Thanks to Medley Inc., I got a mini-interview in Rolling Out magazine. They seem to think I’m about to release my 3rd CD soon. Not too much pressure, huh?
Name: Jacqui Sutton
Band: Frontier Jazz Orchestra
What inspired your album, Billie and Dolly?
I suffered a pulmonary embolism, something that someone my age should not have been experiencing. It was the result of working very long hours, leading a very sedentary lifestyle and lots of air travel. So in the spring of 2010, something told me to get serious about pursuing music. By summer of 2010, I was recording my debut CD, Billie & Dolly, which pays homage to my two favorite vocalists, Billie Holiday and Dolly Parton.
How would you describe your music style?
I have named it “Frontier Jazz,” which means predominantly jazz and bluegrass, but with elements of classical, musical theater and R&B mixed in. I have received positive reviews for having a sound that can hold up on its own without being forced or hokey.
What difficulties have you faced from this male-dominated field?
All of the musicians with the exception of my flutist are men, and I can say unequivocally that I have been treated with nothing but the greatest respect by them. I have in the past had the experience of musicians who look down on jazz vocalists because they are not considered real musicians. In order to prove yourself you must know theory and learn how to scat. I suppose there is still time to encounter some of that male resistance, but it hasn’t happened yet. In fact, women are now making major strides in the jazz horn world, especially saxophonists. For my part, I love the members of the Frontier Jazz Orchestra and hope I get to continue working with them.
I’m currently collaborating with composer Danny Ashkenasi on my third CD, which will be entitled American Anthem. This project stemmed from the anger and frustration that I felt with people constantly questioning President Obama’s nationality. It got me to thinking, “Who decides what an American is supposed to look like? Who’s anthem is it anyway? So I’m writing songs about poor, black Southern girls using their imaginations to overcome adversity, Appalachian coal miners, proud LGBT Americans, and many other groups. Obviously, it’s not possible to cover everyone, but I’m taking a stab at addressing as many as can fit in one CD!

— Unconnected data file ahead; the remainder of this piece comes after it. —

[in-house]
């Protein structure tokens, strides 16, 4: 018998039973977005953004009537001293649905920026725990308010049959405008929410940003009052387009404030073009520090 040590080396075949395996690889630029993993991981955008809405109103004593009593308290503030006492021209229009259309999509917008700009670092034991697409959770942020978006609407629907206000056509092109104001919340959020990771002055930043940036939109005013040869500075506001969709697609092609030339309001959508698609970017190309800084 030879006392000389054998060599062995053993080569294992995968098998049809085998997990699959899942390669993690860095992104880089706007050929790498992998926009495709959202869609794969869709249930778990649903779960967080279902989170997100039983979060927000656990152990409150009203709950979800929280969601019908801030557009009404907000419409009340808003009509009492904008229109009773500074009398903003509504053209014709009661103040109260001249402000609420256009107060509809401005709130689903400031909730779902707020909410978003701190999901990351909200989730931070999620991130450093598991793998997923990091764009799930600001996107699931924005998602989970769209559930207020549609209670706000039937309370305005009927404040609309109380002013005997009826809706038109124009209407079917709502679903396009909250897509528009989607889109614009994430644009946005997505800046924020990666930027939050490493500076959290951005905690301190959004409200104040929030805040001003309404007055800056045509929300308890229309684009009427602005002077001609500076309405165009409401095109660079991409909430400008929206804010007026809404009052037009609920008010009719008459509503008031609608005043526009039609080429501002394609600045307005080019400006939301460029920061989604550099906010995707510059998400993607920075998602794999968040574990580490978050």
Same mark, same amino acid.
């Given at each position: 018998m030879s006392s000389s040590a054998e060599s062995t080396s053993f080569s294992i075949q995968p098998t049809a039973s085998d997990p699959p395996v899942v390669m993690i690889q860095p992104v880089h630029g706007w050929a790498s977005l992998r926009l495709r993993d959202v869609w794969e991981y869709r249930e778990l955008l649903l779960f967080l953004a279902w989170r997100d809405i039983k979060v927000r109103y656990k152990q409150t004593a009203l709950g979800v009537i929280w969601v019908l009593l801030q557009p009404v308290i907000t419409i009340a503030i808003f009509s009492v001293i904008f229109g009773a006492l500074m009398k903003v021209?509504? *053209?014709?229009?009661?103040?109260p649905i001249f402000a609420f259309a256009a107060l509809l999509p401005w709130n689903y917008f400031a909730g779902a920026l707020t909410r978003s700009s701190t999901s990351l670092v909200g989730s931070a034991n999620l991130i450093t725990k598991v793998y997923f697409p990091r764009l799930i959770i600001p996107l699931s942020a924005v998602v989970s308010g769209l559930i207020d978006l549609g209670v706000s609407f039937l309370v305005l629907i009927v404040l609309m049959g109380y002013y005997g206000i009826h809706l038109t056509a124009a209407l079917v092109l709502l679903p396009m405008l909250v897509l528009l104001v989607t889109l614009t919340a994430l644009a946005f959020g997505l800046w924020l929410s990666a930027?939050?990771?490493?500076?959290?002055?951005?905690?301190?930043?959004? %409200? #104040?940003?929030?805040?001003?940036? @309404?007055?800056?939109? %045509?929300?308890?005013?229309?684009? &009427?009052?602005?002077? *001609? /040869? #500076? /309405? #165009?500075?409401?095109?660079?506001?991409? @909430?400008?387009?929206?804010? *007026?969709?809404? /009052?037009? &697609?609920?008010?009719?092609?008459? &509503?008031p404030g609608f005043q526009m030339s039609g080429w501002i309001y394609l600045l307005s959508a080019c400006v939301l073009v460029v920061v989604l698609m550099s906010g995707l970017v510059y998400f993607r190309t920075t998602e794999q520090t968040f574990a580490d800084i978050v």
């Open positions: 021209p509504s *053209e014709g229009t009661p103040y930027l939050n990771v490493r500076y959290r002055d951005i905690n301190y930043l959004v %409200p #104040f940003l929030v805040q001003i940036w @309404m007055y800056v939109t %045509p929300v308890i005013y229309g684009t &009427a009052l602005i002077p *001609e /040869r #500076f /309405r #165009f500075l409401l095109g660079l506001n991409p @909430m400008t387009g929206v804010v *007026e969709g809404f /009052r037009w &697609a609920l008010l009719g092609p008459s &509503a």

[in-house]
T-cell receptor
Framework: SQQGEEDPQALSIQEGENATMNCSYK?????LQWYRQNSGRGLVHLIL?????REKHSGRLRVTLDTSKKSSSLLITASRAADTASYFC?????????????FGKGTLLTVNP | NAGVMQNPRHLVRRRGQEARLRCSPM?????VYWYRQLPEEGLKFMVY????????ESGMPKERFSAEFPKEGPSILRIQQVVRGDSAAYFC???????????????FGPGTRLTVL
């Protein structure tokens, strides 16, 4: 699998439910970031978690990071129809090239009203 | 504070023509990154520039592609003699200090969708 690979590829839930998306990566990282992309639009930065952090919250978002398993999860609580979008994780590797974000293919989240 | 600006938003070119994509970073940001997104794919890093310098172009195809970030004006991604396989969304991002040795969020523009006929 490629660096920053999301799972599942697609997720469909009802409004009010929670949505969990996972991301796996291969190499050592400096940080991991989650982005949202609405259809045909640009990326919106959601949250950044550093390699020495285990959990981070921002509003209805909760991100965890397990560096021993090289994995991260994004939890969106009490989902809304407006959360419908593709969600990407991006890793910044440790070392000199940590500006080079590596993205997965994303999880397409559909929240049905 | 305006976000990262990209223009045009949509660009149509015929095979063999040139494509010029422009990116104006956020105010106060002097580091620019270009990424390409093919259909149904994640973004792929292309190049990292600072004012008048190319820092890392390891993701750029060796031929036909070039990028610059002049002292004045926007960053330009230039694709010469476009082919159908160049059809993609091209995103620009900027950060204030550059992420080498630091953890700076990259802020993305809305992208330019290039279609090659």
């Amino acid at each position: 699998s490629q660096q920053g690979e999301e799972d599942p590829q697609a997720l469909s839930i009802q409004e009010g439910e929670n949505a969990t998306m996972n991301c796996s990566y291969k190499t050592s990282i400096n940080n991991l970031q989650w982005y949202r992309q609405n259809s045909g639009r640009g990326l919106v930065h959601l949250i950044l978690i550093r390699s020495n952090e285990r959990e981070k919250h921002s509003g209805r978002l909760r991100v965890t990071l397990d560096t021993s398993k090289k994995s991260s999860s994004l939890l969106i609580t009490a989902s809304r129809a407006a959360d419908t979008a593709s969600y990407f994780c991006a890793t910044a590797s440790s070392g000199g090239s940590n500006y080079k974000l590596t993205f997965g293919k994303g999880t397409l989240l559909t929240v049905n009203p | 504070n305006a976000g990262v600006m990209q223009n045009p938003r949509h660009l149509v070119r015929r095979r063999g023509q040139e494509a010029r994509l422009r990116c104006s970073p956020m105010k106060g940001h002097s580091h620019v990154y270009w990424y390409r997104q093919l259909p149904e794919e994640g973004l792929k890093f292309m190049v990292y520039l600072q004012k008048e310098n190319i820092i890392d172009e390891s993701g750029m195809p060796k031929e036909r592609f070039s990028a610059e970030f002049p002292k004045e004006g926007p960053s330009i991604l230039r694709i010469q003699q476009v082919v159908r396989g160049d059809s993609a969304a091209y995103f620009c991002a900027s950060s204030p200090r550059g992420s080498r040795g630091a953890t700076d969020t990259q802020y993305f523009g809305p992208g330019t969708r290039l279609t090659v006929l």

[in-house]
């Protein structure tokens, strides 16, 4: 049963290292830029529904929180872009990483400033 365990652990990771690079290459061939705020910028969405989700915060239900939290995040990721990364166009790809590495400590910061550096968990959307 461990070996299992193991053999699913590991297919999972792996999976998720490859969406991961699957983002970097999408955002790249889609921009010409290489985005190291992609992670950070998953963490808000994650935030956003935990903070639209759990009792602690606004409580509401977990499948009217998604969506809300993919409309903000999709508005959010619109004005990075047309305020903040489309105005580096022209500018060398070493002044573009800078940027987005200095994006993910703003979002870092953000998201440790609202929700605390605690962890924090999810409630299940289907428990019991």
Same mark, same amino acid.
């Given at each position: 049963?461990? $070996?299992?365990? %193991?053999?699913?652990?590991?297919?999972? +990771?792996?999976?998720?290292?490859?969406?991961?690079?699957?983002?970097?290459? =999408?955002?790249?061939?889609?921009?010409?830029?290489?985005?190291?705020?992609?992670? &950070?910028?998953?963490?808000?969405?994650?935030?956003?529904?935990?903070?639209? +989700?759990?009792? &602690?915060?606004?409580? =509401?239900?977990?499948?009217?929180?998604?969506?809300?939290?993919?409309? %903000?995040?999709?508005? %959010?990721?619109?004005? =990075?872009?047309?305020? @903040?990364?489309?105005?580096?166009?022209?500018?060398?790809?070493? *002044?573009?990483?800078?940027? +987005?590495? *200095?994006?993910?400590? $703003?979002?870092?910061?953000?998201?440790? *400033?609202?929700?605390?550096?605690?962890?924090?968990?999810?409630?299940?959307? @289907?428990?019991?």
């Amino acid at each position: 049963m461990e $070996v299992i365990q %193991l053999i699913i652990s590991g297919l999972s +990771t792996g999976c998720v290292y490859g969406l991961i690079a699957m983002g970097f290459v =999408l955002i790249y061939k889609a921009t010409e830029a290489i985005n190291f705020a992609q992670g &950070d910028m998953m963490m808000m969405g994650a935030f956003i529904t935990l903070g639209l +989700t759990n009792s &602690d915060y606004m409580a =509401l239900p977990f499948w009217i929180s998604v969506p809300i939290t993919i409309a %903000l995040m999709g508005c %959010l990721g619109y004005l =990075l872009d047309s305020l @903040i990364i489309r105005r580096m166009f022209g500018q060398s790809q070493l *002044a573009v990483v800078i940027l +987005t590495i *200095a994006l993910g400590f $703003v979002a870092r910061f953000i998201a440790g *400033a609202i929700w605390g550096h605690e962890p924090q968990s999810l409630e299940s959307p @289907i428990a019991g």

For more information, please visit www.jacquisutton.com.
G. Edwards | Gapplegate Music Reviews: “The latest one by Jacqui Sutton, vocalist extraordinaire, is a kind of giant leap forward into a realm of creative Americana … It’s a generally excellent selection of surprises that straddle jazz, roots, country and all kinds of American elements juxtaposed with rather extraordinary arrangements.”
“The latest one by Jacqui Sutton, vocalist extraordinaire, is a kind of giant leap forward into a realm of creative Americana. Notes from the Frontier (Toy Blue Typewriter 002) brings together Jacqui’s very fully enacted vocals with the unusual instrumentation and sonic mix of her Frontier Jazz Orchestra–including cello, banjo, electric bass, trumpet, trombone, percussion, piano, and so forth.
There are some Americana standards like Gershwin’s “Summertime,” and Ahbez’s “Nature Boy,” and unexpected things like a version of Brubeck’s “Blue Rondo a la Turk” paired with “Hummingbird,” and neglected obscurities that have definitive voicings–“Lady of the Harbor” very much comes to and stays in the mind. It’s a generally excellent selection of surprises that straddle jazz, roots, country and all kinds of American elements juxtaposed with rather extraordinary arrangements. And a vocal performance by Jacqui that does the same with the vocals that the arrangements do to the instrumental backdrop–she combines ways of singing that extend our heritage and make it very new.
It’s the opposite of a ho-hum standards “jazz vocalist” release. It’s vivid, exciting and very innovative in ways that may well get her some airplay and positive attention.
I am an enthusiast, anyway! G. Edwards (March 2013)
Constance Tucker | All About Vocals: “Sutton and her amazing band satisfy, inspire, entertain, and energize over the course of 12 captivating songs …”
Jacqui Sutton the true voice of Americana Jazz. Though she has coined the phrase Frontier Jazz, her sound blends the elements of the best of all traditional elements into an updated hip and soulful sound that blurs the lines of Americana, Bluegrass and Jazz for a delightful fashioned sound that one can’t help but immediately enjoy.
Her debut, offering Billie & Dolly (Toy Blue Typewriter, 2010) celebrated two opposing yet connected figures as both were pioneering women in their own genres. A tribute to Dolly Parton and Billie Holiday certainly let the listener know that ordinary would never be Sutton’s approach. Now, with the release of Notes from the Frontier, this solidifies her path as a pioneer burgeoning a new sound that yes, has reminiscence but is truly her own brand.
A rootsy take on Gershwin’s “Summertime” takes the listener through a terrain of peaks and valleys musically, while vocally – Sutton uniquely ties a blend of dramatic Broadway attack, plucky rootsy grit and soulful straddles of jazz. “Weary Angel” has a powerful longing with a jazzy flavor mixed with swampy seduction. “Lady of the Harbor” twangs with American life-force, laced with Celtic vibrations of flute, keyboard, melodion, trombone, cello, bass, percussion, banjo and guitar.
Each cut exemplifies Sutton’s varied palette for music. Notes from the Frontier is an amalgam of American heritage, organic authenticity and the spirit of the heartland. Sutton eloquently blends the truest forms of Broadway, Americana, Folk, Bluegrass and Jazz into a lasting embodiment of American essence, a path I hope she continues to follow.